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I was testing traceroute between two servers (single hop only) and I wonder why subsequent run shows different results?

(1)

# traceroute to 172.22.10.12 (172.22.10.12), 30 hops max, 60 byte packets
 1  172.22.10.12  0.167 ms  0.634 ms  0.152 ms

(2)

# traceroute to 172.22.10.12 (172.22.10.12), 30 hops max, 60 byte packets
     1  * * *
     2  * * *
     3  * * *
     4  * * *
     5  * * *
     6  * 172.22.10.12  0.120 ms  0.094 ms

EDIT: Wed Dec 18 18:09:23 GMT 2013

Why this question has negative votes? I would like to know why traceroute shows different results (the number of hops) each time.

EDIT: Wed Dec 18 19:05:44 GMT 2013

Both servers are connected to a single switch so there is no any 'routing' and path should be the same:

# ping -R -c 5 172.22.10.12
PING 172.22.10.12 (172.22.10.12) 56(124) bytes of data.
64 bytes from 172.22.10.12: icmp_seq=1 ttl=64 time=0.161 ms
RR:     172.22.10.10
    172.22.10.12
    172.22.10.12
    172.22.10.10

64 bytes from 172.22.10.12: icmp_seq=2 ttl=64 time=0.470 ms (same route)
64 bytes from 172.22.10.12: icmp_seq=3 ttl=64 time=0.113 ms (same route)
64 bytes from 172.22.10.12: icmp_seq=4 ttl=64 time=0.162 ms (same route)
64 bytes from 172.22.10.12: icmp_seq=5 ttl=64 time=0.160 ms (same route)

--- 172.22.10.12 ping statistics ---
5 packets transmitted, 5 received, 0% packet loss, time 4001ms
rtt min/avg/max/mdev = 0.113/0.213/0.470/0.130 ms
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closed as unclear what you're asking by joeqwerty, mdpc, ceejayoz, cole, Ward Dec 19 '13 at 5:32

Please clarify your specific problem or add additional details to highlight exactly what you need. As it's currently written, it’s hard to tell exactly what you're asking. See the How to Ask page for help clarifying this question.If this question can be reworded to fit the rules in the help center, please edit the question.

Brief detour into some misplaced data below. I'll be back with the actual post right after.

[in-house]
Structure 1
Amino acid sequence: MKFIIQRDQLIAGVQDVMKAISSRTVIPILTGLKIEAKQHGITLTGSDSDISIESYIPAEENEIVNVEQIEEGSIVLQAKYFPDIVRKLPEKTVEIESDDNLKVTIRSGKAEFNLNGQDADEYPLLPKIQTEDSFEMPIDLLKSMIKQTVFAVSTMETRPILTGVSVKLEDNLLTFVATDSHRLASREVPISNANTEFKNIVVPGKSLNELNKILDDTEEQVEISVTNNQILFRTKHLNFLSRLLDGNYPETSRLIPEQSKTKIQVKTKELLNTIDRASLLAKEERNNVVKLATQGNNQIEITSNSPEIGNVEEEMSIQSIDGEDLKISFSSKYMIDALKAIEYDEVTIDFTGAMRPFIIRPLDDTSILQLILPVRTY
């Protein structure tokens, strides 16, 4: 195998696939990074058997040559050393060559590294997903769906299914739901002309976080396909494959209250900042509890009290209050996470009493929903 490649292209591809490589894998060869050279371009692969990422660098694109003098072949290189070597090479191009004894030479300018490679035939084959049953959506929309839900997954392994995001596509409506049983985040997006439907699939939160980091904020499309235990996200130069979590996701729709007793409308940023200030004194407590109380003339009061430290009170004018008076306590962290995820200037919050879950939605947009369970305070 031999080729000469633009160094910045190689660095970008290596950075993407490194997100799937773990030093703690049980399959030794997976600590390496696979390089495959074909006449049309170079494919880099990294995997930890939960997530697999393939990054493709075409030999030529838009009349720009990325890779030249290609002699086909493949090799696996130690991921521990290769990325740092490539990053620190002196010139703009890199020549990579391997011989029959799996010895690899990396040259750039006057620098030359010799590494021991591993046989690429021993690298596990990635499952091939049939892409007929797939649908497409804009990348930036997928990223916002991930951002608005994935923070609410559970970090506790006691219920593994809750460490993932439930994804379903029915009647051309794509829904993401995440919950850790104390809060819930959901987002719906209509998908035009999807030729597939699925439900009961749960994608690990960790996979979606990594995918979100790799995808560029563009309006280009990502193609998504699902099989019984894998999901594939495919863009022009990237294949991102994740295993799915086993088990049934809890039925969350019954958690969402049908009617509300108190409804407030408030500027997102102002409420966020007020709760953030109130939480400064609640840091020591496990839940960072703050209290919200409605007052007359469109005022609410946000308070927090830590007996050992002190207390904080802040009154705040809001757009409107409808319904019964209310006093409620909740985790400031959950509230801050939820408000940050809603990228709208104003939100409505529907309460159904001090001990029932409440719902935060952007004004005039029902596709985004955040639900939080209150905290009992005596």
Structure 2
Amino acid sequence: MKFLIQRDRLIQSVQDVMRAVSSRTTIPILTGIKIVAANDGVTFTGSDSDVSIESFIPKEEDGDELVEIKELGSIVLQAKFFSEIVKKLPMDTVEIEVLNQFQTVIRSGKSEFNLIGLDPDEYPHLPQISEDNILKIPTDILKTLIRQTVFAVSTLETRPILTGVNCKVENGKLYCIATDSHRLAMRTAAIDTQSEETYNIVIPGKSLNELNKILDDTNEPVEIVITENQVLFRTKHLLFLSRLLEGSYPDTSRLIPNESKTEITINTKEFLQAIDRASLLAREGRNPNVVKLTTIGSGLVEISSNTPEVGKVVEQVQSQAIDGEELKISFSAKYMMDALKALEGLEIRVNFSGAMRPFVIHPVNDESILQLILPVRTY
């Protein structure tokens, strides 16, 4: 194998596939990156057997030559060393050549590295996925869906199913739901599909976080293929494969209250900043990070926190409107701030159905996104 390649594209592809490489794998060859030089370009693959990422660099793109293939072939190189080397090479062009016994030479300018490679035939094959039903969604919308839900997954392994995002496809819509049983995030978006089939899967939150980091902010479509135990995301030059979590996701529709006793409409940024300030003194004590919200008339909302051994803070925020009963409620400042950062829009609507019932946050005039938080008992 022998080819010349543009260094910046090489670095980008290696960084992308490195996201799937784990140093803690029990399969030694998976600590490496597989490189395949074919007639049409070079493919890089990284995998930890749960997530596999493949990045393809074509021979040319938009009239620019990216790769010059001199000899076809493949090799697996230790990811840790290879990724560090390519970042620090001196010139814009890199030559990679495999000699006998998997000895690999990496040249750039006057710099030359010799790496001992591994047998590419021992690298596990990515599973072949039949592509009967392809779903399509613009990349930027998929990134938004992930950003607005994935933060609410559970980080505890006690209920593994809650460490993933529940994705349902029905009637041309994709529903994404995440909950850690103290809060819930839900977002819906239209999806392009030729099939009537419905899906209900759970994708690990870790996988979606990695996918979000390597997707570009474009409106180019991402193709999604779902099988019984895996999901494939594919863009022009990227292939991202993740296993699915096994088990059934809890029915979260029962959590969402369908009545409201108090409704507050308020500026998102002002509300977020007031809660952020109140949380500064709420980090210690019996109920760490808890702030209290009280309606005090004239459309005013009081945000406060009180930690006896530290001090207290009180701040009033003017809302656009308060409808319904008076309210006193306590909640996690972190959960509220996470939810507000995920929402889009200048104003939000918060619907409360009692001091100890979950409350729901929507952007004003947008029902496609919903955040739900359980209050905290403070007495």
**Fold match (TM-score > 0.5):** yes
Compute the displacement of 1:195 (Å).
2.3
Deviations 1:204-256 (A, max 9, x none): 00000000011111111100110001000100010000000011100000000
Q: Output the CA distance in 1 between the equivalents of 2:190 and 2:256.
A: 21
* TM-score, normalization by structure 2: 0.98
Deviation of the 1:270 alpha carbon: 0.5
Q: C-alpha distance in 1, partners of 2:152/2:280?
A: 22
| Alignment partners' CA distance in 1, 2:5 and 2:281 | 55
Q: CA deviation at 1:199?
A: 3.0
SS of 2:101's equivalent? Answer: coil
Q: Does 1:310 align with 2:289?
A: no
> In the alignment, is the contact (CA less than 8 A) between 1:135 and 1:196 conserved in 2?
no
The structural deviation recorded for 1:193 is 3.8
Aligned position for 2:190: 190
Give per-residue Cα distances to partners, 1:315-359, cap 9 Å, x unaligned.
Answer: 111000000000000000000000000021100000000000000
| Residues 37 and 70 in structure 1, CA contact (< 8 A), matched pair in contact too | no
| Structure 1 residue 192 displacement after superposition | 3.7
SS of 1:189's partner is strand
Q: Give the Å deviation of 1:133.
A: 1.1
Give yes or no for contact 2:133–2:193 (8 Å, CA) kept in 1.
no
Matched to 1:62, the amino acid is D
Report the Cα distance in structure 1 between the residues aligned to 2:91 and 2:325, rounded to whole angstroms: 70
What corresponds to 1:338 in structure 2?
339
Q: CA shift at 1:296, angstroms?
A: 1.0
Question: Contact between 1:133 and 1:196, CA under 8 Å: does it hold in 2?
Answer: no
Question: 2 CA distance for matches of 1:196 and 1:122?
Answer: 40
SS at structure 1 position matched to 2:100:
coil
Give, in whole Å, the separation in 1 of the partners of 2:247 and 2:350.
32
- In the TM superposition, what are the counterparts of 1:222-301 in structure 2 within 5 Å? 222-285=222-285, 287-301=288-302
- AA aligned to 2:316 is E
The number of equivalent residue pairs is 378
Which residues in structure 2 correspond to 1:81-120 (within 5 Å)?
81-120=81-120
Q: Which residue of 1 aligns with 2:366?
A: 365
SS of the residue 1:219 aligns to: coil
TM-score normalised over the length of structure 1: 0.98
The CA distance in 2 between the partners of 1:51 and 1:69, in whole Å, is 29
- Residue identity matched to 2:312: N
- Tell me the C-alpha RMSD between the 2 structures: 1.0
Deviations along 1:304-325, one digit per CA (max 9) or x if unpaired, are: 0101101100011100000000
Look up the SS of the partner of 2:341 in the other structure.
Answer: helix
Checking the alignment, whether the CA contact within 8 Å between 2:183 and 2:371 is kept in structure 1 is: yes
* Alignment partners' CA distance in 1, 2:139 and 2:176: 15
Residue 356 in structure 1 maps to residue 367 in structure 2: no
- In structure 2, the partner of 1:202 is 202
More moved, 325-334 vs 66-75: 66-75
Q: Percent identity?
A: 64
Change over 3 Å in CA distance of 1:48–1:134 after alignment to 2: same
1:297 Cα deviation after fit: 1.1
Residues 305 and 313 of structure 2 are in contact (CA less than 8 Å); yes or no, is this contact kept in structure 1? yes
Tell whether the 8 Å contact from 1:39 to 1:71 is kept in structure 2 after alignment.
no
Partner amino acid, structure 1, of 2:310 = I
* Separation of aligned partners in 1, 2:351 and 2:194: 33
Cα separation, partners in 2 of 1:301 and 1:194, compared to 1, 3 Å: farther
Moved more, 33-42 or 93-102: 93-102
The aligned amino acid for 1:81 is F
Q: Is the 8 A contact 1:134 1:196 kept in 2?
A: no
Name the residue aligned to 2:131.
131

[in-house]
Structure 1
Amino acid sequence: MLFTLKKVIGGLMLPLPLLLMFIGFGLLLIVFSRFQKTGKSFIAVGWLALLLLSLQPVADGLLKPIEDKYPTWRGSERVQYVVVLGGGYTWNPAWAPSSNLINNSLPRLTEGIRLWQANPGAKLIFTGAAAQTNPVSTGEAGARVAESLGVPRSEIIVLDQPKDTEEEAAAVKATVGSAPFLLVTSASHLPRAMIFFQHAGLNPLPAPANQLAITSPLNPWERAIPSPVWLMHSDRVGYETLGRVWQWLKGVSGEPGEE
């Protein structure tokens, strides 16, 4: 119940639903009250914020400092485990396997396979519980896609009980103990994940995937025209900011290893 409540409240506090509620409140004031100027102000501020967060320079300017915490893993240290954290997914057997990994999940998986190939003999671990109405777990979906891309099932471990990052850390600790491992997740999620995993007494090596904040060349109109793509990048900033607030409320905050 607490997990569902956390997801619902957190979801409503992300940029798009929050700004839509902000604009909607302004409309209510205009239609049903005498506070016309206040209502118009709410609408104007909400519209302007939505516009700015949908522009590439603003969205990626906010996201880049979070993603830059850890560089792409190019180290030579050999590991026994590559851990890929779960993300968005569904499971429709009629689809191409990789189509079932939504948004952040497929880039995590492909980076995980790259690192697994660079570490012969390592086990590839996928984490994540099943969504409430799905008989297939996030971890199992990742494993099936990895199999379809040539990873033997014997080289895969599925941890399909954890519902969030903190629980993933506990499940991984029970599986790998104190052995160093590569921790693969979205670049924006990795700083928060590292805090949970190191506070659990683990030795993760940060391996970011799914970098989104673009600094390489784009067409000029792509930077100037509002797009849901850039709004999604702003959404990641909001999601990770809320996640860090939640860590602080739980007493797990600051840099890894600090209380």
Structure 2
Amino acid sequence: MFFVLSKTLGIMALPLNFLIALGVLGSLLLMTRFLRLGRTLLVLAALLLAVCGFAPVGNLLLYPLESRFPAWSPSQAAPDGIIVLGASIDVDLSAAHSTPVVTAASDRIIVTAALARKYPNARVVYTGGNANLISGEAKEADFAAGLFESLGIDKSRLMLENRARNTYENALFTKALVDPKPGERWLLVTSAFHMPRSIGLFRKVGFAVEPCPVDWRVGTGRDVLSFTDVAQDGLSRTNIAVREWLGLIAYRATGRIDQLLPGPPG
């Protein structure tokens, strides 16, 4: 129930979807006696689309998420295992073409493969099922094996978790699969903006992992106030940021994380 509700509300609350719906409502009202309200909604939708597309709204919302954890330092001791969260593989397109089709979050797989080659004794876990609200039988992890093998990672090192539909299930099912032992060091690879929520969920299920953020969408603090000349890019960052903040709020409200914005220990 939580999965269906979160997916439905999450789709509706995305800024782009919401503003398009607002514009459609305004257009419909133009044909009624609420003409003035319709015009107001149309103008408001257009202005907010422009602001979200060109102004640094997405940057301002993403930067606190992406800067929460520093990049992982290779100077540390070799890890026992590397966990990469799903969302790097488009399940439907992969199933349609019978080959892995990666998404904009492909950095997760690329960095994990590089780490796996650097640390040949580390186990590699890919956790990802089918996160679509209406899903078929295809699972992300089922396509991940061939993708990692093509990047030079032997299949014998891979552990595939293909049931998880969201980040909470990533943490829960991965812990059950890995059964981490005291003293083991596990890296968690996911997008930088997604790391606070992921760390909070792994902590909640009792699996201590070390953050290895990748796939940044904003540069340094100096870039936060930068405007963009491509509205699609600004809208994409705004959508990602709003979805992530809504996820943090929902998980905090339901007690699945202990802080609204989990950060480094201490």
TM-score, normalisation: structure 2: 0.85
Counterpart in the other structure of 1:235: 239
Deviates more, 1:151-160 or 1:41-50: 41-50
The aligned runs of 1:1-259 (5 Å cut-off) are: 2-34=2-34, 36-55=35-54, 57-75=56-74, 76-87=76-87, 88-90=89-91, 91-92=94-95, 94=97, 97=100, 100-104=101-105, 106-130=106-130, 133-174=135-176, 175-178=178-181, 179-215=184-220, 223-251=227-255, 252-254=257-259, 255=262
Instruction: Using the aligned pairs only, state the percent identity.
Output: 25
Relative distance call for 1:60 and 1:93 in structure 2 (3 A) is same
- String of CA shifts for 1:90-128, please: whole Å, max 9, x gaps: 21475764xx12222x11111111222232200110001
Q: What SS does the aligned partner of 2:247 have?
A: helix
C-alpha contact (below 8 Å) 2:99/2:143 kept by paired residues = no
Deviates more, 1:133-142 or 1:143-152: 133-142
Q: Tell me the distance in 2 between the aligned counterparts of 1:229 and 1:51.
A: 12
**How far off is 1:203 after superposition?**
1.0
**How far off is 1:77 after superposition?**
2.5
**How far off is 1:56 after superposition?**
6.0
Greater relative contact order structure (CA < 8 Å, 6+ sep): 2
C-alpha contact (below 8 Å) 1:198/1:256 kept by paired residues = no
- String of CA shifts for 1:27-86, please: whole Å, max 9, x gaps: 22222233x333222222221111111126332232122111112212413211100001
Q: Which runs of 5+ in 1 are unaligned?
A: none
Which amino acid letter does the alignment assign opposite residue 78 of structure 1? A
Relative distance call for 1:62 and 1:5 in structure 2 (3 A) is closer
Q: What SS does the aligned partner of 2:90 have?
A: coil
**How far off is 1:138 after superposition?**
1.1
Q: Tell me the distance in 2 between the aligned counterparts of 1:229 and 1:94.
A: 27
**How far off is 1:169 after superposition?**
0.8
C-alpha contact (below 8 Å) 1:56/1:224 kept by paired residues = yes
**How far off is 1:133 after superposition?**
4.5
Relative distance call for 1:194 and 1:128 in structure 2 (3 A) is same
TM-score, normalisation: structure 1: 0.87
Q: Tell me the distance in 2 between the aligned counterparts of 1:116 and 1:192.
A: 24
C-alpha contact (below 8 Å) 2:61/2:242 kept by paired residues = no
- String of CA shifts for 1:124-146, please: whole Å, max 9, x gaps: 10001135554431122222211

You should post a second, different copy of the results you are getting. –  Bert Dec 18 '13 at 18:27
2  
Because internet. –  dmourati Dec 18 '13 at 18:43
    
It's a single hop? There's no routing being done between the hosts, is that correct? –  mfinni Dec 18 '13 at 18:47
    
Please see my edit EDIT: Wed Dec 18 19:05:44 GMT 2013. –  HTF Dec 18 '13 at 19:09
    
What is the IP of the source server you are running the traceroute/ping from? –  Rex Dec 18 '13 at 19:14

2 Answers 2

IP traffic does not necessarily follow the same path. So in the case of traceroute that is sending ICMP packets they don't always necessarily follow the same path too (ICMP runs on top of IP)

There's a whole wikipedia entry on traceroute

Hope this helps.

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Both servers are connected to the same switch. –  HTF Dec 18 '13 at 19:11
    
But your questions states "tested with different servers/locations" so which is it? –  Rex Dec 18 '13 at 19:13
    
on your edit your are running ping and not traceroute. Where does the traceroute going as a first hop in the case where they are different ? –  Rico Dec 18 '13 at 19:16
    
It's the same location and I used PING to indicate that it's the same route –  HTF Dec 18 '13 at 19:25

The second traceroute, with the 5 sets of * * * , does not indicate a different path. You've told us that you know there isn't another path, these things are in the same L2 domain and even on the same switch. Tracert will never show an intermediate hop, and in fact it is not doing so in this case.

For whatever reason, your target host isn't replying to ICMP the first few tries on that second tracert. That is all that you're seeing. Maybe it's too busy to reply to ICMP? That's one reason that simple ping tests aren't good determiners of a service being up or down.

(I have no idea why you're using a L3 tool to show some behavior that has nothing to do with L3. )

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